4 tips for publishing data under the Transparency Code
The local government open data incentive scheme, which offers grants to English local authorities to publish three themed datasets, was launched three months ago and submissions have been steadily streaming in. Following an update to the Transparency Code earlier this month, local authorities will need to publish more details about their activities in a similar fashion under the revised code issued by DCLG.
We thought we’d let you in on a few insider tips and lessons we’ve learned during the incentive scheme, key areas on which to pay attention when compiling and publishing your data.
For licensed data, from Ordnance Survey for example, you’ll need to make sure that you’ve applied for the correct exemptions to publish your data openly. Alternatively, use licence-free data such as is available from the World Geodetic system.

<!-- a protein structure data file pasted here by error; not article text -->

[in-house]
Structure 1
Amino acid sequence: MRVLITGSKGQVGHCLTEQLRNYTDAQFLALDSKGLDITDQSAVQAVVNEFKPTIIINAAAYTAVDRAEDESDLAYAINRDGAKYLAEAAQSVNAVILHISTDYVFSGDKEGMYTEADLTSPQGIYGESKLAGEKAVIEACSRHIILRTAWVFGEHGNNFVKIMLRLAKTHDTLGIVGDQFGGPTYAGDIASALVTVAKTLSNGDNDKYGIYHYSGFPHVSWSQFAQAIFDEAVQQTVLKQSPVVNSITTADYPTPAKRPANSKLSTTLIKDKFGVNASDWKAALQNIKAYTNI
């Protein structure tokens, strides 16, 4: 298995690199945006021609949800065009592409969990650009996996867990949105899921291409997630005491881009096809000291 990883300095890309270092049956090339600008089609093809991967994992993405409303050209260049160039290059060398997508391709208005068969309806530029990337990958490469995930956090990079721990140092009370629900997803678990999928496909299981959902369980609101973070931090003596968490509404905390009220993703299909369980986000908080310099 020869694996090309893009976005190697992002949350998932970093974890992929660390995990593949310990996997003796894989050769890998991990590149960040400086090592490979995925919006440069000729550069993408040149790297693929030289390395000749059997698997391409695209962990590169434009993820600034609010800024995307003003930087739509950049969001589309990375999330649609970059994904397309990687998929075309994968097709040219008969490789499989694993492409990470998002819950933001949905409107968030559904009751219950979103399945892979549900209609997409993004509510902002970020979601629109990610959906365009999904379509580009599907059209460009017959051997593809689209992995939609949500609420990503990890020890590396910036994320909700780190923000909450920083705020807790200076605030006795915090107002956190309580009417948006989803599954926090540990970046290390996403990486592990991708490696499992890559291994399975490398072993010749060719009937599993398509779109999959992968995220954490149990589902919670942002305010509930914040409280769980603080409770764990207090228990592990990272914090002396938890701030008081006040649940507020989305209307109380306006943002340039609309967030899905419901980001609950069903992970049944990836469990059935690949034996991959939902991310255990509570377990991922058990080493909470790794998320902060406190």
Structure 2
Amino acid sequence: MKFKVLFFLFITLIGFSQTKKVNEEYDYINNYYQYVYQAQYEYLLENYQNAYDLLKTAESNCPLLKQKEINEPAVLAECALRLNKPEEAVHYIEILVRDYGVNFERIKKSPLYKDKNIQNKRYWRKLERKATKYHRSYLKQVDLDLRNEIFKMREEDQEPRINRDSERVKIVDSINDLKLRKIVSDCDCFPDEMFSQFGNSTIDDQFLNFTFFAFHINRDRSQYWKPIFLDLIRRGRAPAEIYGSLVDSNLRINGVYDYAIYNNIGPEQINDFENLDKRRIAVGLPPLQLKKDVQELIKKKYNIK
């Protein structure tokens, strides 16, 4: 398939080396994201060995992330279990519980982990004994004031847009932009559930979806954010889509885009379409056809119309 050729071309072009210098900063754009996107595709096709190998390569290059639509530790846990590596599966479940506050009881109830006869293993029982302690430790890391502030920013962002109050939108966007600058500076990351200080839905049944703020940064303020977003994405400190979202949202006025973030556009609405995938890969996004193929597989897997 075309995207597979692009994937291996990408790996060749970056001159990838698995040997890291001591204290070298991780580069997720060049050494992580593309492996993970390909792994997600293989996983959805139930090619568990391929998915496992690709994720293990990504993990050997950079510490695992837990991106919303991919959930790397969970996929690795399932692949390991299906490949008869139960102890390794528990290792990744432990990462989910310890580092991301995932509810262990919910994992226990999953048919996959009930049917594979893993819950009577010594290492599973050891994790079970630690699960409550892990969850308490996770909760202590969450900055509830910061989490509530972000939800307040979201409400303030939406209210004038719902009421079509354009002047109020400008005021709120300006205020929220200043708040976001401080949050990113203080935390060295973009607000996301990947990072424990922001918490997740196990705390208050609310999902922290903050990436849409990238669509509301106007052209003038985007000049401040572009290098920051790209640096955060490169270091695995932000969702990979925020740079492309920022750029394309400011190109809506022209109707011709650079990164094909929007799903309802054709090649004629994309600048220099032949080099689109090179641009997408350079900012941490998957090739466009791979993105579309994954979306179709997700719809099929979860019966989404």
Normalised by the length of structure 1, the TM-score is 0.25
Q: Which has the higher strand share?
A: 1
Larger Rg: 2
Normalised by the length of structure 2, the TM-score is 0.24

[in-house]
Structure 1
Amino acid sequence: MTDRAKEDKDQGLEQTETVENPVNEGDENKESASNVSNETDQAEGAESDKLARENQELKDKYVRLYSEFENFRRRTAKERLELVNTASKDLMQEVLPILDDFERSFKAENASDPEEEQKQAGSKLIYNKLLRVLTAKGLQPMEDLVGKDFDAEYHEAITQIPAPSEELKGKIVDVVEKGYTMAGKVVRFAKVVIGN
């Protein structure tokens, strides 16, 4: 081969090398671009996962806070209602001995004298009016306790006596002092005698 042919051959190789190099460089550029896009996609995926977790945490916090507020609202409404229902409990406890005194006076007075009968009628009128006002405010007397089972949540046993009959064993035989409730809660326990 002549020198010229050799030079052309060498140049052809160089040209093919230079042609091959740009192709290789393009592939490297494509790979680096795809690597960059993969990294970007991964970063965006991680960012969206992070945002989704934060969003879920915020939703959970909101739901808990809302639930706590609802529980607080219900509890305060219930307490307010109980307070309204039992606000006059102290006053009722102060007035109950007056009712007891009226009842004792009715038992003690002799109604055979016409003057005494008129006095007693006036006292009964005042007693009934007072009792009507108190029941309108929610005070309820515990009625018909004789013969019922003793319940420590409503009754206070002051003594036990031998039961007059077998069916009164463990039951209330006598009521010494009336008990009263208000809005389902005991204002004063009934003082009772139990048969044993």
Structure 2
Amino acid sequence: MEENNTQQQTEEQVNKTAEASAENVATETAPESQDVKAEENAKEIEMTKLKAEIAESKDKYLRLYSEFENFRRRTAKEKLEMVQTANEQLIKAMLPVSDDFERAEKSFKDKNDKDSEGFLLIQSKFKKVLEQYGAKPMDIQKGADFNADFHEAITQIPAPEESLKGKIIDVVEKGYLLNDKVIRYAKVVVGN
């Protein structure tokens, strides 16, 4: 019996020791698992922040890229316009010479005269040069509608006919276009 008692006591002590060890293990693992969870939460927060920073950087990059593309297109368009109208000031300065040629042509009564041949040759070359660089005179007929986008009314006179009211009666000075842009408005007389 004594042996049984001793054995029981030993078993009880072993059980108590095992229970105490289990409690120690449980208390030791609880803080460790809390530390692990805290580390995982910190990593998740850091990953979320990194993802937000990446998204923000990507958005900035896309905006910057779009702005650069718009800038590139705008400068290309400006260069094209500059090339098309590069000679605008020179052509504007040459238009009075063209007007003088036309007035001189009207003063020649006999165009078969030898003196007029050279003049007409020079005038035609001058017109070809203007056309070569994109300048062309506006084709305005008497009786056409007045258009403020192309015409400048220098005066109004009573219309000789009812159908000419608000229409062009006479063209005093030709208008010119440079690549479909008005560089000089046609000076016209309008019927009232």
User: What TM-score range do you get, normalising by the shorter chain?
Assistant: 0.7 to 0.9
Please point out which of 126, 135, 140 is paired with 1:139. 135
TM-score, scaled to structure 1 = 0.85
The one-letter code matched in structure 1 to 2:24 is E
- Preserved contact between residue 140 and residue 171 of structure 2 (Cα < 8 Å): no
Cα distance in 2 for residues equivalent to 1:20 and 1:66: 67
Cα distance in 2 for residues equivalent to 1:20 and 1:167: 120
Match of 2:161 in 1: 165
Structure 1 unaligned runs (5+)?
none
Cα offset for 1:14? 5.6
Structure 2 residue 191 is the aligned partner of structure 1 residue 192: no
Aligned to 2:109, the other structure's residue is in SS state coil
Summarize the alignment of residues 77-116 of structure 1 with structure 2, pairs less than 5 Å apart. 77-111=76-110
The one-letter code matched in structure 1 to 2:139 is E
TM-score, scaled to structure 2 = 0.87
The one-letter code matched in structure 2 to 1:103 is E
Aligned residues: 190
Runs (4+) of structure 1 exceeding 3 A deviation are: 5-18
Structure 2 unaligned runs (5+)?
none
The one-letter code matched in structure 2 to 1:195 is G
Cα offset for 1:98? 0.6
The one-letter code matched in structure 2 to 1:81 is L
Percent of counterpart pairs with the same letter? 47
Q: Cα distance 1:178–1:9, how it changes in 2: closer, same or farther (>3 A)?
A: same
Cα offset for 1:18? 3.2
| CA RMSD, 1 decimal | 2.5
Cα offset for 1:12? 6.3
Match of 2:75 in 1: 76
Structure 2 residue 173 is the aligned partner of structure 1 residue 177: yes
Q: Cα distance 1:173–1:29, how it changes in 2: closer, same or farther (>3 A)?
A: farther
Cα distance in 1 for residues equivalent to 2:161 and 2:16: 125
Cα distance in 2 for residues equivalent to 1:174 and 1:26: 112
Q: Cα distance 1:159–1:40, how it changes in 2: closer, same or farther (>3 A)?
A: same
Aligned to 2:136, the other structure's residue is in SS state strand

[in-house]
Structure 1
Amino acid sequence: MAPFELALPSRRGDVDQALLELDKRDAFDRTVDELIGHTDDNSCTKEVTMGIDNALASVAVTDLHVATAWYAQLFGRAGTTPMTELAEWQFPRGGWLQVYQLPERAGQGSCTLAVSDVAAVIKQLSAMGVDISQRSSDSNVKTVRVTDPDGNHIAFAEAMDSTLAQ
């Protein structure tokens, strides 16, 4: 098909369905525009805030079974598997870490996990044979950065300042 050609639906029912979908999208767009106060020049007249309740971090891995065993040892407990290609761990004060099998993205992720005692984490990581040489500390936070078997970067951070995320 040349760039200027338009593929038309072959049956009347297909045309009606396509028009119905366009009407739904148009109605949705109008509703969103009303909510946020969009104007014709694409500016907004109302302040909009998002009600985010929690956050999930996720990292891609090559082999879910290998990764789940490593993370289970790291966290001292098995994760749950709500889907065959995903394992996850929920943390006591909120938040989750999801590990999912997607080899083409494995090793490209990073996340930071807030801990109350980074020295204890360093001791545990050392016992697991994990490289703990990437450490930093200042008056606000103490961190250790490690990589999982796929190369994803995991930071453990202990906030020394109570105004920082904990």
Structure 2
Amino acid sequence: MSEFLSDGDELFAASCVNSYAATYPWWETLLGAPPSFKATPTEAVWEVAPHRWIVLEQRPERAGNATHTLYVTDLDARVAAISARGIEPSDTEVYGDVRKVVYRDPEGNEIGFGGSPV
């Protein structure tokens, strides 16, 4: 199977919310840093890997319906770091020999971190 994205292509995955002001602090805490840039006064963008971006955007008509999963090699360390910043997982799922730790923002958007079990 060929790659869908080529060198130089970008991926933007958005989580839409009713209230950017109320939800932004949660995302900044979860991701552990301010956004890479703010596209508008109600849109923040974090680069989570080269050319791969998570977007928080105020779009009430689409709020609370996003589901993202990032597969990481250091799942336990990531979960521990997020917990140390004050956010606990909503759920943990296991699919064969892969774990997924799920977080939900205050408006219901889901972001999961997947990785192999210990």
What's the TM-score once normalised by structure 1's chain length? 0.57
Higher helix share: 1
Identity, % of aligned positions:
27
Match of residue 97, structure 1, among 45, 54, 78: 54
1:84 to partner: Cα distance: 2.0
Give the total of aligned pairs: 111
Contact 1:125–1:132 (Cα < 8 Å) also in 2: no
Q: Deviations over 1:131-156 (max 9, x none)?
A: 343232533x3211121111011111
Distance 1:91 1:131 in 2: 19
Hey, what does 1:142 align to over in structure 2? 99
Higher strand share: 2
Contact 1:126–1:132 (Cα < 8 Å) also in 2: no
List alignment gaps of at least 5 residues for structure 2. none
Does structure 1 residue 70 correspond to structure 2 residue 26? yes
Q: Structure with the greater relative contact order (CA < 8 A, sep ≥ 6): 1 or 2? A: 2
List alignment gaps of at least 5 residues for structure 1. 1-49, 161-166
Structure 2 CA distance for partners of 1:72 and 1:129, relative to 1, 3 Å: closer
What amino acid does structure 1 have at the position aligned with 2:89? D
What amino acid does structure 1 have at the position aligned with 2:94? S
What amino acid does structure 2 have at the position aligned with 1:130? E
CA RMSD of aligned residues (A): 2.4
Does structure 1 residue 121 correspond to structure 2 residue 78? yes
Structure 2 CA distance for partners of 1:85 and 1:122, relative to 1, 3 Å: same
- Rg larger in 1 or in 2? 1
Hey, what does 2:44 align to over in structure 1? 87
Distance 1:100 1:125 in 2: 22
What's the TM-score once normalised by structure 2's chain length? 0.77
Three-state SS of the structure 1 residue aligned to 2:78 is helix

Understandably, not everyone’s going to be au fait with URIs. Generally, a URI will contain ‘/id/’ or ‘/def/’ in the address, and visiting the address in your web browser will show you the details it’s pointing to – helpful when matching up labels and URIs.
Make sure you have your latitudes and longitudes the right way round. Get them mixed up and a toilet on Blackpool promenade will be located just off the coast of the Seychelles. A nice change, agreed, but not so convenient!
Column headings (i.e., field names) in the first row of the CSV file must match the schema guidance. This is part of making the datasets machine-readable; if a computer can’t recognise the data, it’s going to get grumpy – and subsequently so will data re-users. Cut down support requests and data inquiries by getting this step right first time.